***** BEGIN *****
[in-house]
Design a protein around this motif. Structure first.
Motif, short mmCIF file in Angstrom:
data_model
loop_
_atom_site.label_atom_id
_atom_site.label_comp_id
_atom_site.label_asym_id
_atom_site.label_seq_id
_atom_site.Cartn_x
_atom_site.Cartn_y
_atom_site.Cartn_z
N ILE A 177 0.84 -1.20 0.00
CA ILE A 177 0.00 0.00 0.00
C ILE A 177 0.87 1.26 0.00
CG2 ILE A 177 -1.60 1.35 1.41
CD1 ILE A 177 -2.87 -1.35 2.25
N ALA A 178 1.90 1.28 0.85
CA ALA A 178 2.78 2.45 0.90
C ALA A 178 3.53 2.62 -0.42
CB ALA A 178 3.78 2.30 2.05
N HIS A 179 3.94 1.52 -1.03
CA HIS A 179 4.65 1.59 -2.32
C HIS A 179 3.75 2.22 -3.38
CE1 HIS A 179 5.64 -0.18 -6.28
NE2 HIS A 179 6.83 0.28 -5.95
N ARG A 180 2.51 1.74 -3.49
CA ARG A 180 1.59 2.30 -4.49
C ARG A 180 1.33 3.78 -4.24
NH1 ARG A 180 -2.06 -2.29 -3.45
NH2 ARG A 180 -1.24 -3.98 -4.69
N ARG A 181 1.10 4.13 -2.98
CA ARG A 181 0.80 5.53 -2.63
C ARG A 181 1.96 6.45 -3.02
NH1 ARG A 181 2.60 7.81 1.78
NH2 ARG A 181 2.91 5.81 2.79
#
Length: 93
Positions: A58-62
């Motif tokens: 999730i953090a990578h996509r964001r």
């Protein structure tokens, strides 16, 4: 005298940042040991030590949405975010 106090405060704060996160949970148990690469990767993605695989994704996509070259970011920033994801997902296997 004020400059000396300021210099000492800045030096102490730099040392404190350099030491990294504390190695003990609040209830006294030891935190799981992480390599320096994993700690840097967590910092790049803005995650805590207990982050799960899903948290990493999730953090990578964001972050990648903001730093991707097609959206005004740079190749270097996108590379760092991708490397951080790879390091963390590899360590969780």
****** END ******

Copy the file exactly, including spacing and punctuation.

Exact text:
[in-house]
Design a protein around this motif. Structure first.
Motif, short mmCIF file in Angstrom:
data_model
loop_
_atom_site.label_atom_id
_atom_site.label_comp_id
_atom_site.label_asym_id
_atom_site.label_seq_id
_atom_site.Cartn_x
_atom_site.Cartn_y
_atom_site.Cartn_z
N ILE A 177 0.84 -1.20 0.00
CA ILE A 177 0.00 0.00 0.00
C ILE A 177 0.87 1.26 0.00
CG2 ILE A 177 -1.60 1.35 1.41
CD1 ILE A 177 -2.87 -1.35 2.25
N ALA A 178 1.90 1.28 0.85
CA ALA A 178 2.78 2.45 0.90
C ALA A 178 3.53 2.62 -0.42
CB ALA A 178 3.78 2.30 2.05
N HIS A 179 3.94 1.52 -1.03
CA HIS A 179 4.65 1.59 -2.32
C HIS A 179 3.75 2.22 -3.38
CE1 HIS A 179 5.64 -0.18 -6.28
NE2 HIS A 179 6.83 0.28 -5.95
N ARG A 180 2.51 1.74 -3.49
CA ARG A 180 1.59 2.30 -4.49
C ARG A 180 1.33 3.78 -4.24
NH1 ARG A 180 -2.06 -2.29 -3.45
NH2 ARG A 180 -1.24 -3.98 -4.69
N ARG A 181 1.10 4.13 -2.98
CA ARG A 181 0.80 5.53 -2.63
C ARG A 181 1.96 6.45 -3.02
NH1 ARG A 181 2.60 7.81 1.78
NH2 ARG A 181 2.91 5.81 2.79
#
Length: 93
Positions: A58-62
């Motif tokens: 999730i953090a990578h996509r964001r």
């Protein structure tokens, strides 16, 4: 005298940042040991030590949405975010 106090405060704060996160949970148990690469990767993605695989994704996509070259970011920033994801997902296997 004020400059000396300021210099000492800045030096102490730099040392404190350099030491990294504390190695003990609040209830006294030891935190799981992480390599320096994993700690840097967590910092790049803005995650805590207990982050799960899903948290990493999730953090990578964001972050990648903001730093991707097609959206005004740079190749270097996108590379760092991708490397951080790879390091963390590899360590969780």